Attackers Using “Love You” Malspam To Infect Recipients with Ransomware and Other Malware

laptop with heart candies

Digital attackers are using “Love You” malspam emails to infect unsuspecting recipients with ransomware and other malware.

On 8 January 2019, SANS Internet Storm Center (ISC) handler Brad Duncan came across a new malspam campaign. Its attack emails arrived with subject lines like “My love letter for you,” “Wrote the fantasy about us down” and “Always thinking about you.” They also came with zip archive attachments whose names all started with “Love_you_,” hence the name for the malicious spam operation.

When opened, those attachments revealed an obfuscated JS file. Most of these attachments were just a few dozen kilobytes in size. Some were even smaller, as Duncan explains in a blog post:

Attachments in malspam from my infected lab host were approximately 1.3 kB, which is much considerably smaller than the 43 to 46 kB attachments I found through VirusTotal. However, these smaller .js files generated the same infection traffic as the larger ones. The larger .js files had more obfuscation for the same functions.

Double-clicking either the small or large .js file yielded the same result: a PowerShell command that returned “krablin.exe” as the initial EXE. Upon execution, krablin.exe copied itself to %UserProfile%\[number]\winsvcs.exe. It then attempted to download five malware samples.

These threats included the following:

  • XMRig cryptocurrency miner: XMRig is an open-source tool that mines for Monero. As reported by Security Intelligence, the standard XMRig tool sends five percent of the mined coins to the author’s wallet address. But bad actors have created a malicious version of the utility with this code element removed so that they can collect all of the profits. That said, many bad actors are enthusiastic in their efforts. Researchers detected one XMRig campaign using 250 unique Windows-based executables, for example.
  • GandCrab ransomware: This family of crypto-malware first emerged in February 2018, per Bitdefender’s findings. Shortly thereafter, digital criminals began incorporating the ransomware into their attack campaigns. They did so partly because GandCrab allows bad actors to create custom ransom notes for each victim. Ransom notes have ranged in value from $600 to $700,000 as of this writing. Fortunately, Bitdefender took note of these attacks and responded by developing the Bitdefender GandCrab Ransomware Recovery Tool that can decrypt files infected by certain versions of GandCrab.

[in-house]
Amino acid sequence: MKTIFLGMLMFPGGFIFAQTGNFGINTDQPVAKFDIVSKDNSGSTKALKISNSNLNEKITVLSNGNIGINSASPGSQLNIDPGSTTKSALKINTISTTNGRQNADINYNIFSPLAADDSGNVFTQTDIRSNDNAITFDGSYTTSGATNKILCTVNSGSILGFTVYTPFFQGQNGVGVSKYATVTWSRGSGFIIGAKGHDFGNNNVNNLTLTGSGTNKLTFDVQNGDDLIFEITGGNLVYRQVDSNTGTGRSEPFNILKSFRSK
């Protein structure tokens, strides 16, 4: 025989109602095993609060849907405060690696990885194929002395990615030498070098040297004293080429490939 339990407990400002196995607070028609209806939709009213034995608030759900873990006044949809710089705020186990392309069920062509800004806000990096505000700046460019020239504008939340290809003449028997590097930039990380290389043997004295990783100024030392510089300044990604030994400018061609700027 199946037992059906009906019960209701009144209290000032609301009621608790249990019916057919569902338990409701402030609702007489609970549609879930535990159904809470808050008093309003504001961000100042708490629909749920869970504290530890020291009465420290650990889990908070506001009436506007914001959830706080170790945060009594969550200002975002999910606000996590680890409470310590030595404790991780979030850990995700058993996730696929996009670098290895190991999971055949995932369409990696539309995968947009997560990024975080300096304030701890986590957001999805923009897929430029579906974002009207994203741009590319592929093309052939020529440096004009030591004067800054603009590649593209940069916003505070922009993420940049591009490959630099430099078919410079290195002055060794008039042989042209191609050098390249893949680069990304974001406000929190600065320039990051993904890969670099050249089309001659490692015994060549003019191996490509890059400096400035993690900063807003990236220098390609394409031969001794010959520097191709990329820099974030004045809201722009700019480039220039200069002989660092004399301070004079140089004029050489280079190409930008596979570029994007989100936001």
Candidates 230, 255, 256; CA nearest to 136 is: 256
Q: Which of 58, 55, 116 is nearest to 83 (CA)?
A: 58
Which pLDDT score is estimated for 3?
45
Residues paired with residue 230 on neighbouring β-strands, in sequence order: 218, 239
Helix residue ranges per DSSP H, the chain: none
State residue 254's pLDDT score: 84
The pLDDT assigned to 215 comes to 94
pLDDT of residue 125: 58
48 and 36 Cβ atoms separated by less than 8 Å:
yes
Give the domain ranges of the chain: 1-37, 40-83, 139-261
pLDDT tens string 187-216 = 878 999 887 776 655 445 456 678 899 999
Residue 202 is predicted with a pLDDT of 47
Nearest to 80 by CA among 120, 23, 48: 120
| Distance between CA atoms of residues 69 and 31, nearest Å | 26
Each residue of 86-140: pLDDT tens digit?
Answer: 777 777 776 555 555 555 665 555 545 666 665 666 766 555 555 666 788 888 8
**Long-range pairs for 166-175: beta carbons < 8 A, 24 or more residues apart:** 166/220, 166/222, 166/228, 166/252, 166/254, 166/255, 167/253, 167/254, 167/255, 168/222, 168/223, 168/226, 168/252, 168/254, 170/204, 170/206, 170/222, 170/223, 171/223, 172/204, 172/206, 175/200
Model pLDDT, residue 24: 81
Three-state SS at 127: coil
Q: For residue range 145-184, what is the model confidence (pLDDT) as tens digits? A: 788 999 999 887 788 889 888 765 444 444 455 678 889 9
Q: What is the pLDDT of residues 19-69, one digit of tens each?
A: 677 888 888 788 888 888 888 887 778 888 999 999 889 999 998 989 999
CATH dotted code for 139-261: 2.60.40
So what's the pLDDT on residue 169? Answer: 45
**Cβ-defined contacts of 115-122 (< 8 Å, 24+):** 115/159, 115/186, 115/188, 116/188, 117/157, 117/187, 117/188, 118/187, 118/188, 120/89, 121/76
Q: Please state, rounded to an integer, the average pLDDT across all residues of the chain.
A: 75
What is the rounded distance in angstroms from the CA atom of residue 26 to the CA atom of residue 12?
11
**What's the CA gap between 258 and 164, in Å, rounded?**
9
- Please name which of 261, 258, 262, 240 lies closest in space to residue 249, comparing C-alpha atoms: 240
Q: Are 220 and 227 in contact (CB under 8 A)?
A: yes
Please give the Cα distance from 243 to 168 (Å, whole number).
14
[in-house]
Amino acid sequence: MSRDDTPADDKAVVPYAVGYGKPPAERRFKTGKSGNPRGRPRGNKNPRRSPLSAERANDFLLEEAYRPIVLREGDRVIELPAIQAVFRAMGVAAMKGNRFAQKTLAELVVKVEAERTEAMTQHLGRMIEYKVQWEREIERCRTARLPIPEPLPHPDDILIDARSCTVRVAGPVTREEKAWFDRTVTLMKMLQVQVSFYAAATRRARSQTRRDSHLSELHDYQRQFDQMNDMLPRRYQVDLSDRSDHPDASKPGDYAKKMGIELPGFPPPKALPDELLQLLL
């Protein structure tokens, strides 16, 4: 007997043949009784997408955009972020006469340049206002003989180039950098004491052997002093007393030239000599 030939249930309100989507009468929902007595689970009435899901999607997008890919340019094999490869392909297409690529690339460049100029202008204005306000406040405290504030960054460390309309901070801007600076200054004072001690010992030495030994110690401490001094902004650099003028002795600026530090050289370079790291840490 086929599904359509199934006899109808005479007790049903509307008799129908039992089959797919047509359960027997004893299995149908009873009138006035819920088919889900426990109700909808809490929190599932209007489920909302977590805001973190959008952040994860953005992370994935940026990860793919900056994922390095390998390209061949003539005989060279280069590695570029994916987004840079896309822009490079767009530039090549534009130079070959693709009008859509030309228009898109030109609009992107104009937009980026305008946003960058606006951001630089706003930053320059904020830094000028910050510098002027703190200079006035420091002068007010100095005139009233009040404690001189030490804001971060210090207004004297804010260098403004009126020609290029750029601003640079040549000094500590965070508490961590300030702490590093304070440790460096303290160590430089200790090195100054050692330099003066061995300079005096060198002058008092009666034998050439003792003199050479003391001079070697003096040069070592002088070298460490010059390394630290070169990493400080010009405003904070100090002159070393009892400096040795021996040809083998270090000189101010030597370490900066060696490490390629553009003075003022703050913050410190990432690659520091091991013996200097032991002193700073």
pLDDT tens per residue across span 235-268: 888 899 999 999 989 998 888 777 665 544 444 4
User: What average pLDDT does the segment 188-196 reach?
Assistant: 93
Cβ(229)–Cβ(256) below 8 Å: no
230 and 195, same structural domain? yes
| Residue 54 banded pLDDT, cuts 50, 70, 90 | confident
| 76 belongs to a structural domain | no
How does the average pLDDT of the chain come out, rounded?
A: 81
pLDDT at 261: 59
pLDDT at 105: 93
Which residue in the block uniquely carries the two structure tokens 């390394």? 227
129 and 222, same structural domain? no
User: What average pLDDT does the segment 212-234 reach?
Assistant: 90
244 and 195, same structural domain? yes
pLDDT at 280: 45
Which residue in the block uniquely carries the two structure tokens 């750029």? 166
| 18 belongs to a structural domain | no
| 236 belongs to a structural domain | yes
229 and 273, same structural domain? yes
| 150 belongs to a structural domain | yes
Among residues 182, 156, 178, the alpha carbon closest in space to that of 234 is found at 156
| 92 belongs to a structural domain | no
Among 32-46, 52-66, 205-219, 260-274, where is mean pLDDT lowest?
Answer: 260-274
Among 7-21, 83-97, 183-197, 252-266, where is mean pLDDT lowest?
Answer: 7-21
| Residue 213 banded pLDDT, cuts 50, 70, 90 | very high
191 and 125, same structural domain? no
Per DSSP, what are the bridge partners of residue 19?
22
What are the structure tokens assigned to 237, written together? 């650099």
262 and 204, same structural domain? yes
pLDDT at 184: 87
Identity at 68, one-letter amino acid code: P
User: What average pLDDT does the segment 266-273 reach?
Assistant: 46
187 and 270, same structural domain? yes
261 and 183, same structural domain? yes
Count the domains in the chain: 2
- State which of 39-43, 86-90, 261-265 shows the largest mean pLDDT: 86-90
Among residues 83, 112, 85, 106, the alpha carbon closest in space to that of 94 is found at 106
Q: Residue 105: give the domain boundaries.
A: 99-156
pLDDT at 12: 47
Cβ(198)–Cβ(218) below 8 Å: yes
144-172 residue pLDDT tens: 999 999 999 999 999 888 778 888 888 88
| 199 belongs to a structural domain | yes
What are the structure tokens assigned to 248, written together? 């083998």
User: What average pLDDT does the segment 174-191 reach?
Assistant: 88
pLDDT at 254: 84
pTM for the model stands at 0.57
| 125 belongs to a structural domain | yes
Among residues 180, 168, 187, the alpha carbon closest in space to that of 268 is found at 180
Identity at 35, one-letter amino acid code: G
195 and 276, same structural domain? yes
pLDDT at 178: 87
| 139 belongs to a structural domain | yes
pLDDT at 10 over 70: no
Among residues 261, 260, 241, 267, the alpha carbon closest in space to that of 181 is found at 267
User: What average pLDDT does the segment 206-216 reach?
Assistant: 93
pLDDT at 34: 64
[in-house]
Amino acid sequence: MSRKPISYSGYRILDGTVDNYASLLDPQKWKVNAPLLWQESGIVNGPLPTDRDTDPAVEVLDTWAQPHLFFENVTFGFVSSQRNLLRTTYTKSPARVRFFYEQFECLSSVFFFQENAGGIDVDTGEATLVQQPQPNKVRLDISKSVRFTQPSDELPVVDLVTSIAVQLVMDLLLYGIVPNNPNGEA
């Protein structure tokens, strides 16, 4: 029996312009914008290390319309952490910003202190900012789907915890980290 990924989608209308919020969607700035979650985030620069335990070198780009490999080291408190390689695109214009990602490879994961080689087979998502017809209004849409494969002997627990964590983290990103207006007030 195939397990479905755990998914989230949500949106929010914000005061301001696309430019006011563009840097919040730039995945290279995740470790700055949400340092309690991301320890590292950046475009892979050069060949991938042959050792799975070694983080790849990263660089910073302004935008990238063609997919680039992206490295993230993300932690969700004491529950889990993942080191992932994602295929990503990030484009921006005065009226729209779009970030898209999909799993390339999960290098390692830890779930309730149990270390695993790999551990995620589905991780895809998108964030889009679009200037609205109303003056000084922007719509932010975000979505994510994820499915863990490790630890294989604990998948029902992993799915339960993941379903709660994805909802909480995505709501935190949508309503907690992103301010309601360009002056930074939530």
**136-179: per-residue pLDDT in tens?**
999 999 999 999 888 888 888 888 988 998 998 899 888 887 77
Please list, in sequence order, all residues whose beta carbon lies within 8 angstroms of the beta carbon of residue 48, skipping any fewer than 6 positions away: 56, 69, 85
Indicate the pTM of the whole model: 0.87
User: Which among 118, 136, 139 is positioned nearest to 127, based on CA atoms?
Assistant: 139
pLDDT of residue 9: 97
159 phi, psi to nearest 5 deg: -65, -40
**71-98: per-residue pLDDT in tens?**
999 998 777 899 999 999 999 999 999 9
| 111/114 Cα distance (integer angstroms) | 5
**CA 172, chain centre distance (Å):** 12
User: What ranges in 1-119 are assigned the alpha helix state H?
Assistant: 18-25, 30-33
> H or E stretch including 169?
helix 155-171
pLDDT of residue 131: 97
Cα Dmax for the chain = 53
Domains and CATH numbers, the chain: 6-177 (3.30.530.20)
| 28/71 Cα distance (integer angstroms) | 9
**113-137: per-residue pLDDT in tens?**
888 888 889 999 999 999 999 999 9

The “krablin.exe” file also converted Duncan’s infected host into a spambot for the Phorpiex botnet, a digital threat which has a history of distributing GandCrab along with other malware.

This isn’t the first time that digital attackers have abused love-themed spam messages to prey upon unsuspecting users. For instance, in February 2018, IBM X-Force observed a massive spam campaign in which the Necurs botnet sent out over 230 million messages within just a month. All of these spam emails delivered what appeared to be short messages written by Russian women living in the United States who claimed to have profiles on Facebook or Badoo, the third most-popular dating app in Russia. Subsequently, the fake women asked recipients to write them back through a provided email address. Attackers could then have used those communication channels to ask for money or to infect recipients’ computers with malware.

Other “spray & pray” campaigns have offered beauty makeovers and discounts on adult items in anticipation of Valentine’s Day. Most of these operations trick users into paying for goods that are defective in nature or that simply never arrive.

Given such a variety of attacks, it’s important that organizations protect themselves against malspam campaigns in general. They should do so by investing in a solution that can analyze suspicious emails based upon their IP addresses, URLs, phrases, patterns and malware signatures/behavior. With this multi-layered defensive strategy, for instance, Zix was able to block 100 percent of the “Love You” spam messages sent out in the campaign described above.

Tell spam “it’s over” by defending your organization with a layered email security solution.